One of the critical objectives we wanted to address with our new setup was the “what-if-I-get-hit-by-a-bus” problem. To subvert this inevitable pitfall, we made it a priority to democratize the infrastructure setup for this critical system. Now anyone (with the correct permissions/privileges, of course) could perform an upgrade as easy as pushing a button. This will also allow us to open up the process so our team can contribute improvements with confidence!
We wanted to enforce a blue/green deployment model for all proposed changes into our build system. Doing so will allow the rollout with the flip of a network switch. This also gives us the substantial benefit of rolling back an upgrade quickly and seamlessly in case catastrophic issues were found after the rollout.
When addressing the core set of problems above, it is important that everything happening under the hood is not only reliable, but also easy-to-use so it can be performed with minimal guidance.
To ensure that we were going down the right path as we evolved our setup, we delivered each process of the upgrade in separate pipelines, with minimal documentation. An entire upgrade would be all of these discrete pipelines executed one after another.
In the end, there is only one way to really validate any of this if you want respect from the Most Interesting Man In The World. We would have a teammate with no prior experience with Jenkins administration to perform each stage of an upgrade while we sat back with a beer and observed. If there were usability problems found during this process, we would address them and have our teammate repeat it all over again. This practice is known as dogfooding.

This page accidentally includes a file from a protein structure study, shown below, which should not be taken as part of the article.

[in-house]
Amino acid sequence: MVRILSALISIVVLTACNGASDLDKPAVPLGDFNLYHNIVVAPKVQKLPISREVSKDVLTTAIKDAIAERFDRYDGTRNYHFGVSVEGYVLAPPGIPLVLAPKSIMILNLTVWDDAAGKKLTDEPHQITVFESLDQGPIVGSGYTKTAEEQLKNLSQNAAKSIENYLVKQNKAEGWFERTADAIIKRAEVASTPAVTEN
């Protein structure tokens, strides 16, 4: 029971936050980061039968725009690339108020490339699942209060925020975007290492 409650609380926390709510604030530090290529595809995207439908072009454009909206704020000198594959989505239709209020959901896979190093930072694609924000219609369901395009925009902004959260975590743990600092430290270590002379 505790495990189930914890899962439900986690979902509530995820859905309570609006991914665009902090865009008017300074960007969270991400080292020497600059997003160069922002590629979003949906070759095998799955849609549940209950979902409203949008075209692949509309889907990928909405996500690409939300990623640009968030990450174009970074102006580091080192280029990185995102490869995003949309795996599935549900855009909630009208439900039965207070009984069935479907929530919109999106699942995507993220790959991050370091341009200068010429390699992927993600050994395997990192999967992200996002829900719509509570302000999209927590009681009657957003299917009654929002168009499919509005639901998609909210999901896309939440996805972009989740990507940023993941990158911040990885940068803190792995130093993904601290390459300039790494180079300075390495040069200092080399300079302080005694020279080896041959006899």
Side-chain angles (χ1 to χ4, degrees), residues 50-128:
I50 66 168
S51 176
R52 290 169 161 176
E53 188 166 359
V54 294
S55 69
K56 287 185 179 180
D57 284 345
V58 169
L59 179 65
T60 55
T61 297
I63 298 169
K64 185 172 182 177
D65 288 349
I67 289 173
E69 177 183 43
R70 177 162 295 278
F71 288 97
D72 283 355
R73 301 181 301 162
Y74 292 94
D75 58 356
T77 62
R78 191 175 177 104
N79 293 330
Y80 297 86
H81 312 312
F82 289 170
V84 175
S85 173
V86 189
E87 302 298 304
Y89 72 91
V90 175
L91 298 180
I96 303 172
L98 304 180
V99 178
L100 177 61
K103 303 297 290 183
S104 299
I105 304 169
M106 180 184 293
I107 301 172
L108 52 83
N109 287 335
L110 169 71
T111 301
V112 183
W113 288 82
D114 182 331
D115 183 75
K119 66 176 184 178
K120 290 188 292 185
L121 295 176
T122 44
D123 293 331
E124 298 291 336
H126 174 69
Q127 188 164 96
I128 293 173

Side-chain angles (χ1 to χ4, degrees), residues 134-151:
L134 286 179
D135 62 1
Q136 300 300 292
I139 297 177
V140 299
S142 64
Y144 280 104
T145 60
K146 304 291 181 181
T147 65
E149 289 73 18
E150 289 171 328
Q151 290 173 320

We wanted to ensure any novice Jenkins administrator could perform a Jenkins upgrade and rollback, if a domain expert is unavailable. To achieve this, we required infrastructure-as-code so that Jenkins and its plugins configurations are always available in source control. Doing so would also help us avoid the snowflake problem. Even though the initial implementation would take considerable time and effort, we believe this would be beneficial to the team in the long run.
Avoid Unanticipated Downtime
The goal of all of the above requirements was to fulfill a single need: avoid downtime during any Jenkins upgrade. By implementing blue-green deployment, infrastructure-as-code, and prioritizing usability together, we could ensure that releases to production would be easy and would not interrupt our engineering team’s day-to-day activities.
Given these requirements, our expectations for this project were pretty high. If we did everything correctly, we could perform an upgrade as soon as a new Jenkins LTS version is released, or anytime a new security patch dotfix dropped. We can ensure our engineering team is always able to use the most cutting-edge Jenkins feature as soon as it is available, without worrying about stability. In our next blog post, we will take a deep dive into how we accomplish such feat, so don’t forget to check back for an article on the details of building that pipeline!